Color blindness means you have trouble seeing red, green, blue or a mix of these colors. It’s rare that a person sees no color at all or black and white. Most patients who are labeled as color blind are really only color deficient and that problem can change your life. It makes it harder to learn and read, and you may not be able to have certain careers. But children and adults with color vision problems can learn to make up for their problems seeing color.
What causes color blindness?
Most color vision problems are inherited (genetic) and are present at birth.
People usually have three types of cone cells in the eye. Each type senses either red, green, or blue light. You see color when your cone cells sense different amounts of these three basic colors. Most cone cells are found in the macula, which is the central part of the retina.
Inherited color blindness happens when you don't have one of these types of cone cells or they don't work right. You may not see one of these three basic colors, or you may see a different shade of that color or a different color. This type of color vision problem doesn't change over time.
A color vision problem is not always inherited. In some cases, a person can have an acquired color vision problem. This can be caused by:
Eye problems, such as glaucoma, macular degeneration, cataracts, or diabetic retinopathy.
Injury to the eye.
Side effects of some medicines.
What are the symptoms?
The symptoms of color vision problems vary:
You may see many colors, so you may not know that you see color differently from others.
You may only be able to see a few shades of color, while most people can see thousands of colors.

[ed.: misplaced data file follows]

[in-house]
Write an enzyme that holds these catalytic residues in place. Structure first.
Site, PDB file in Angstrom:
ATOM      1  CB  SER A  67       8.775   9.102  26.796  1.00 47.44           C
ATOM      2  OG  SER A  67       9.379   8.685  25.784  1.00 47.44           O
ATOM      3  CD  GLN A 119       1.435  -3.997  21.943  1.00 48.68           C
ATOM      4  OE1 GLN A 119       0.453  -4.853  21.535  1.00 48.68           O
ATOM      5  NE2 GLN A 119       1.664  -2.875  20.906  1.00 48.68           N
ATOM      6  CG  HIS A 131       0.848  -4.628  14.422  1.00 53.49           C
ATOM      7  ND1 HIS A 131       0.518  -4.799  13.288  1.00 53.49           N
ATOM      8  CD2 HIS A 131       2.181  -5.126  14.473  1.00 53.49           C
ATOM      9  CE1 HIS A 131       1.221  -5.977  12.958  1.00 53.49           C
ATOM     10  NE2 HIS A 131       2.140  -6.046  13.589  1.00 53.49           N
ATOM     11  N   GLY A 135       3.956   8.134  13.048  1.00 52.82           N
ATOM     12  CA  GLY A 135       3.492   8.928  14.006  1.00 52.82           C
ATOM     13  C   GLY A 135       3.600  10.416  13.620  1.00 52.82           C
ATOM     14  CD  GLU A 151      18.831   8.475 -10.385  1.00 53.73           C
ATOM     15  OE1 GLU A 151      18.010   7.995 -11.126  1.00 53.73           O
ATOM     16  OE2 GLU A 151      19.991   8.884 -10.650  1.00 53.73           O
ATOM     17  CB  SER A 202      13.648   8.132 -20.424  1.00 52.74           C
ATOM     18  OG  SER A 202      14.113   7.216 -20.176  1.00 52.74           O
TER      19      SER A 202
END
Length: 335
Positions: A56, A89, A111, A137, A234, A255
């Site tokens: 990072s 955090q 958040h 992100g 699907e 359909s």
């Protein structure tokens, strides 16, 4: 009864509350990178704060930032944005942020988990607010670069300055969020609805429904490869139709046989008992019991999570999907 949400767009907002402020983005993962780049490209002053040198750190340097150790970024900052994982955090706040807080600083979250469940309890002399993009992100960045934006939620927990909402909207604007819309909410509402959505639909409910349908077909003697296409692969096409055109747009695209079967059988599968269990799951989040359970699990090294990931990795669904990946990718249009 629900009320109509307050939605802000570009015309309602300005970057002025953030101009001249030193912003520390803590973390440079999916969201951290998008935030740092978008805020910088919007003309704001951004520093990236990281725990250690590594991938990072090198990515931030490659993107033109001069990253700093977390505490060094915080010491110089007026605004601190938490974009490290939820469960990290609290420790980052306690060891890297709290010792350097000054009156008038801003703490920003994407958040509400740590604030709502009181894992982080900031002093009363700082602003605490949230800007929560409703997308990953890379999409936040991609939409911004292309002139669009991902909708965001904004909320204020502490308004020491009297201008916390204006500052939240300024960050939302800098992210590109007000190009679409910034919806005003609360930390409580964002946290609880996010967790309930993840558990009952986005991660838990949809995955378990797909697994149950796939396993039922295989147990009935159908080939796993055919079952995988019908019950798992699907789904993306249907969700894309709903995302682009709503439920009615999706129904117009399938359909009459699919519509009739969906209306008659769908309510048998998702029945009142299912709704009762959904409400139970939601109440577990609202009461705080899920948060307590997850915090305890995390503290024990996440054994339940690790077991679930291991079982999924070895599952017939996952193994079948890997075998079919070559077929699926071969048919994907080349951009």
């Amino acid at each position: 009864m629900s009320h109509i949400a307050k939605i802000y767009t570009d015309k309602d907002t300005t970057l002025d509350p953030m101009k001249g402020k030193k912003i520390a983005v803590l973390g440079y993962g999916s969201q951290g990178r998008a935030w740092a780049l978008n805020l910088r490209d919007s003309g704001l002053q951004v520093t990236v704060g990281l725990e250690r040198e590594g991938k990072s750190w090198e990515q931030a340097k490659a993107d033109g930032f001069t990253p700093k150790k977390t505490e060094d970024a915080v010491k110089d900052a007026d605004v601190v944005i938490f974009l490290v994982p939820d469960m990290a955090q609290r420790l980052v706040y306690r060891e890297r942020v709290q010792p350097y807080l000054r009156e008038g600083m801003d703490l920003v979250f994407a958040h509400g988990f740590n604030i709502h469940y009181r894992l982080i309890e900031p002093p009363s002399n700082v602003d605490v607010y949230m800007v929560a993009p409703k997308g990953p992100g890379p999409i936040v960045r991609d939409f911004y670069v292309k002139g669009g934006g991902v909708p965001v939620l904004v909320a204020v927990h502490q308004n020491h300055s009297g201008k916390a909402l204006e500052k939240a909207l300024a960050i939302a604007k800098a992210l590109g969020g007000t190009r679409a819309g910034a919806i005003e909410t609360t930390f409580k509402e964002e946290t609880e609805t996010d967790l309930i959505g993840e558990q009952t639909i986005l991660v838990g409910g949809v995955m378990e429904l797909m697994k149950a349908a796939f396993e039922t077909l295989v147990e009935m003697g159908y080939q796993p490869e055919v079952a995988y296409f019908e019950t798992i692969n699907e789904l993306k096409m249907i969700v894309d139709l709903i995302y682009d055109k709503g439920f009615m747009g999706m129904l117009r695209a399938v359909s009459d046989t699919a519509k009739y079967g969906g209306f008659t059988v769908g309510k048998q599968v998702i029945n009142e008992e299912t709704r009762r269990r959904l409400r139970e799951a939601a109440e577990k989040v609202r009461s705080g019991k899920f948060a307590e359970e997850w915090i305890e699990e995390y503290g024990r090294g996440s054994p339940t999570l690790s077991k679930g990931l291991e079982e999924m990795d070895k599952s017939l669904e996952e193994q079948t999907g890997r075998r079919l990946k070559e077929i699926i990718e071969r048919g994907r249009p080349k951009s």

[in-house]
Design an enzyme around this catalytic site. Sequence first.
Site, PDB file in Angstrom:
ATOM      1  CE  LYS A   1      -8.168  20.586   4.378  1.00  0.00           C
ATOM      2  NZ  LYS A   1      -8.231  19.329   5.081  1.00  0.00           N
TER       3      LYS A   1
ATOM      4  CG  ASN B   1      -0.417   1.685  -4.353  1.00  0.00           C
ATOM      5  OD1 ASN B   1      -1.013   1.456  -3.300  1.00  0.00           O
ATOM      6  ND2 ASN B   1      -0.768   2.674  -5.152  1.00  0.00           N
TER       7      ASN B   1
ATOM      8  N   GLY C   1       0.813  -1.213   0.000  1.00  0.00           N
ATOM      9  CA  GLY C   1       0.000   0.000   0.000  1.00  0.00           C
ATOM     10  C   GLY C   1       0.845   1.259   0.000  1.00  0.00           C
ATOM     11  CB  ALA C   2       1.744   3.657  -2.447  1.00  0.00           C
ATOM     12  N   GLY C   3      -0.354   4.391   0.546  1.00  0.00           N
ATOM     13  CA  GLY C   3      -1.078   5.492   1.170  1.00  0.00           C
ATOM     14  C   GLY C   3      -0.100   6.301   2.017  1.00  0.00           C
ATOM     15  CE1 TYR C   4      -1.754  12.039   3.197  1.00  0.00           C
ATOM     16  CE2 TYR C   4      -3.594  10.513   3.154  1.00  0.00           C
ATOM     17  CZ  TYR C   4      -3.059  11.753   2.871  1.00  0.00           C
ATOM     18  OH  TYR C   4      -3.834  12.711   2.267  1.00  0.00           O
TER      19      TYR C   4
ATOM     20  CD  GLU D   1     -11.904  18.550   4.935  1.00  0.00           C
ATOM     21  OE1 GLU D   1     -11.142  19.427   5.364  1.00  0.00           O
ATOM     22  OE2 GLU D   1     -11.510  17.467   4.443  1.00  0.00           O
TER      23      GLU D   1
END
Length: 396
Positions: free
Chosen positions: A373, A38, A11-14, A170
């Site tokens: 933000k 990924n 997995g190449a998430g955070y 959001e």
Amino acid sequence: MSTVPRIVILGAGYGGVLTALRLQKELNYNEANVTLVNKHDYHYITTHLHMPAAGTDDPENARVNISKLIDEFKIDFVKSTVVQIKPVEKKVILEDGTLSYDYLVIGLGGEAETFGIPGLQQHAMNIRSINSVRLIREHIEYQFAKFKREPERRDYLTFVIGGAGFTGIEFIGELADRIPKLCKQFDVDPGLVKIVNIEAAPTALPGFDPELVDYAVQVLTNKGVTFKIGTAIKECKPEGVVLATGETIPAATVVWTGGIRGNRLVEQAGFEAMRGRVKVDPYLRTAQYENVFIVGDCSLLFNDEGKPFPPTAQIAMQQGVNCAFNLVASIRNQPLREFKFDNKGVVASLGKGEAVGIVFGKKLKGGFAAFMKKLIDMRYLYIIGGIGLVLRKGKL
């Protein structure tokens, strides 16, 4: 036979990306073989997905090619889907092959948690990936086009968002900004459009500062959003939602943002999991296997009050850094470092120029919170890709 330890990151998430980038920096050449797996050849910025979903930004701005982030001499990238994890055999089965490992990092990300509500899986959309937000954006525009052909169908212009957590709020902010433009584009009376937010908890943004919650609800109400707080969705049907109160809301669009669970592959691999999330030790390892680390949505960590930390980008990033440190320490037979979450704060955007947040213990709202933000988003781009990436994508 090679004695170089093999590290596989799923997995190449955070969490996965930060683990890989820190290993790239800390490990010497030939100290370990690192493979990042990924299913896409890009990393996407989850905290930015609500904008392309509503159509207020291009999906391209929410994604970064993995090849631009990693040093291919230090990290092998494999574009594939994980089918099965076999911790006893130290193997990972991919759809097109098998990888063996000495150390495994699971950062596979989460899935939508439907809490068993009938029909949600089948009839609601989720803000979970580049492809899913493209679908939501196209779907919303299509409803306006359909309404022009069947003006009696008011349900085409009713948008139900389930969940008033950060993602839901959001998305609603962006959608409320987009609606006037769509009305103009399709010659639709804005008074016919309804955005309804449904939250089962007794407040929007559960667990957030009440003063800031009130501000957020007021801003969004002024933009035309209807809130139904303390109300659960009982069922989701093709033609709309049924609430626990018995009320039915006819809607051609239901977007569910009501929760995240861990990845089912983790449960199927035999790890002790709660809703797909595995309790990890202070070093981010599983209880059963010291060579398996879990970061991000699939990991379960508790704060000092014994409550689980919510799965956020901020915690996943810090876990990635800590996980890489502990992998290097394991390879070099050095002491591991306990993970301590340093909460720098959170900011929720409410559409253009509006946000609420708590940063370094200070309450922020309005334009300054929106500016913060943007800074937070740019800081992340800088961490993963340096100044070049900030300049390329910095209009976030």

In rare cases, you may see only black, white, and gray.
How is color blindness diagnosed?
Tests measure how well you recognize different colors. In one type of test, you look at sets of colored dots and try to find a pattern in them, such as a letter or number. The patterns you see help your doctor determine which colors you have trouble with.
In another type of test, you arrange colored chips in order according to how similar the colors are. People with color vision problems cannot arrange the colored chips correctly.
How is it treated?
Inherited color vision problems cannot be treated or corrected. In some cases a special ophthalmic lens or contact lens, called a red lens, can be worm to a help a color deficient patient detect colors better. The red lens looks very different when worn on the eye. While unacceptable cosmetically this is a special use lens treatment. The choice of such a treatment is often driven by a work related task.
Some acquired color vision problems can be treated, depending on the cause. For example, if a cataract is causing a problem with color vision, surgery to remove the cataract may restore normal color vision.